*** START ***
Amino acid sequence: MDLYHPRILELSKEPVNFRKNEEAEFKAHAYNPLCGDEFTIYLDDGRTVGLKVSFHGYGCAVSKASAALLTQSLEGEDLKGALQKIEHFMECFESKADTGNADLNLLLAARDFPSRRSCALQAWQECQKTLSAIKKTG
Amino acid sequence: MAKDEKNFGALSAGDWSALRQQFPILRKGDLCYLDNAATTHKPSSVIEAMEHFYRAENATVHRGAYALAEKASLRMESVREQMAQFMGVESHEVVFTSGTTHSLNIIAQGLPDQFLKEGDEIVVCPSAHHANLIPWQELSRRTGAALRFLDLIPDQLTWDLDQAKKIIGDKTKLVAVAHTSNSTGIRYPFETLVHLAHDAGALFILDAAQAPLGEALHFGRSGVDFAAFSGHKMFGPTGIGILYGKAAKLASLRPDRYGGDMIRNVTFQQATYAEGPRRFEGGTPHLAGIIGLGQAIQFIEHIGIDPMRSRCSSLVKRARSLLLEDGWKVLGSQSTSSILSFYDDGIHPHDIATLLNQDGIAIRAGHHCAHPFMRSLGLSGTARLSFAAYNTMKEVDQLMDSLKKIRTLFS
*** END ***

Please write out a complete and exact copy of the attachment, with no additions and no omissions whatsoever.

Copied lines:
Amino acid sequence: MDLYHPRILELSKEPVNFRKNEEAEFKAHAYNPLCGDEFTIYLDDGRTVGLKVSFHGYGCAVSKASAALLTQSLEGEDLKGALQKIEHFMECFESKADTGNADLNLLLAARDFPSRRSCALQAWQECQKTLSAIKKTG
Amino acid sequence: MAKDEKNFGALSAGDWSALRQQFPILRKGDLCYLDNAATTHKPSSVIEAMEHFYRAENATVHRGAYALAEKASLRMESVREQMAQFMGVESHEVVFTSGTTHSLNIIAQGLPDQFLKEGDEIVVCPSAHHANLIPWQELSRRTGAALRFLDLIPDQLTWDLDQAKKIIGDKTKLVAVAHTSNSTGIRYPFETLVHLAHDAGALFILDAAQAPLGEALHFGRSGVDFAAFSGHKMFGPTGIGILYGKAAKLASLRPDRYGGDMIRNVTFQQATYAEGPRRFEGGTPHLAGIIGLGQAIQFIEHIGIDPMRSRCSSLVKRARSLLLEDGWKVLGSQSTSSILSFYDDGIHPHDIATLLNQDGIAIRAGHHCAHPFMRSLGLSGTARLSFAAYNTMKEVDQLMDSLKKIRTLFS